Being a well-connected content expert, also makes coaches extremely valuable as committee or project leaders, and provides a great opportunity for us to play a larger role in helping the school reach its goals.
4. Partner in Learning
Although there are times when teachers simply need an answer (when they need to you to act as a consultant, rather than a coach), ultimately coaches should be seen as a partner in learning. We walk the path with our colleagues, discovering and uncovering learning opportunities as we go. We can do this by:
- Asking the right questions
- Providing resources and prompts for conversation
- Observing (students) in classrooms (as requested by the teacher)
- Collecting data (as requested by the teacher)
- Sharing and reflecting on data with the teacher
As a partner in learning, we need to be focused on the teacher’s goals rather than where we think they should go, and in that sense put their learning first. We can also remember to put our interests or the “shiny new thing” we want to share on the back burner until the teacher is ready for that next step.
5. Data Collector
Often times both teachers and coaches have a “gut instinct” about what’s working and what’s not in the classroom, but having actual data to discuss, reflect on and inform instruction is a more concrete way to address these issues. Unfortunately, collecting that data can take lots of time in an already very busy classroom teacher’s day. So, as coaches we can:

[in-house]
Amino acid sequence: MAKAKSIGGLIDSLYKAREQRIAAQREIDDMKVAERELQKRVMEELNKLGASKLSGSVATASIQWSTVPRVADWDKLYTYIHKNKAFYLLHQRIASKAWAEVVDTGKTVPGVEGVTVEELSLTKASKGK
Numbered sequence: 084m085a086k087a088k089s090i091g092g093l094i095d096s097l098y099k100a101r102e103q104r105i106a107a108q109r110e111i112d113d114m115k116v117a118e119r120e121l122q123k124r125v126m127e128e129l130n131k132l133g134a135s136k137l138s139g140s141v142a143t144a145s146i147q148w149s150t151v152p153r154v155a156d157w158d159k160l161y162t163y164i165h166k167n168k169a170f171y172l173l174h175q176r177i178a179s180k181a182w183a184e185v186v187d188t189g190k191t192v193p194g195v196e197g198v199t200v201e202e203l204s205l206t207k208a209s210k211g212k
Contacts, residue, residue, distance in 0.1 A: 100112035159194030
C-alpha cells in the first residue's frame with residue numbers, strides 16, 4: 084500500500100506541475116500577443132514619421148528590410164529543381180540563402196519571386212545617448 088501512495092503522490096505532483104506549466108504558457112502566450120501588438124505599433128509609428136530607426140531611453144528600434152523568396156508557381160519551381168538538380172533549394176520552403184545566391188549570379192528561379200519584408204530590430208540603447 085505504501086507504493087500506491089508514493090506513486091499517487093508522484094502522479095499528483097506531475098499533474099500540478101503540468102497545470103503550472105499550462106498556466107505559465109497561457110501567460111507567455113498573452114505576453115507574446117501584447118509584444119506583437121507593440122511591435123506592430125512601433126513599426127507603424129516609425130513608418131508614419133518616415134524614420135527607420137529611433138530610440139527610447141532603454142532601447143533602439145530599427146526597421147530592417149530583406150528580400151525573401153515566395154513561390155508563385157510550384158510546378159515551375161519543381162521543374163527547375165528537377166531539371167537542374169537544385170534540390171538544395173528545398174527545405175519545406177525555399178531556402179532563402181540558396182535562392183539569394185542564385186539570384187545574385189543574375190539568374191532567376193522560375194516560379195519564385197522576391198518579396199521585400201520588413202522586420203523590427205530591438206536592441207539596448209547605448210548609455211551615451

- Create tools (like surveys or documents) to collect data
- Provide resources (like cameras or devices) to collect data
- Set up and structure data collection (actually set up the camera, or speak with students to collect data)
- Review and reflect on data collected with the teacher
- Identify areas of opportunity and appropriate actions to take with the teacher
In general, we can make it easy for teachers to analyze and reflect on the data to inform their practice. Sometimes taking the pressure of logistical tasks, and helping teachers refine their goals so that the data collected is relevant, is the most time consuming and crucial part of the process. Making this experience seamless for teachers is a great way to empower them to bring data into their teaching practice more regularly.
What’s your most important role as a coach?
When I look back over these roles, my first thought is: how do I ensure that not only am I performing all of these, but how do I get feedback on how I’m doing. Am I meeting my own expectations, and how do I know? That will be a topic for another blog post, and perhaps a #coachbetter episode too!
But, before that, I would love to hear what you think! Are these roles you see as critical to your coaching responsibilities? Are we missing other important roles? How would you rank these? How do you receive feedback on each of these aspects of your job? How do you ensure you’re doing your best in each area?
The five key roles critical to instructional coaching success in schools are listener, advocate, content area expert / connector, partner in learning, data collector.
Resources to Support Your Teachers in Designing Technology Rich Learning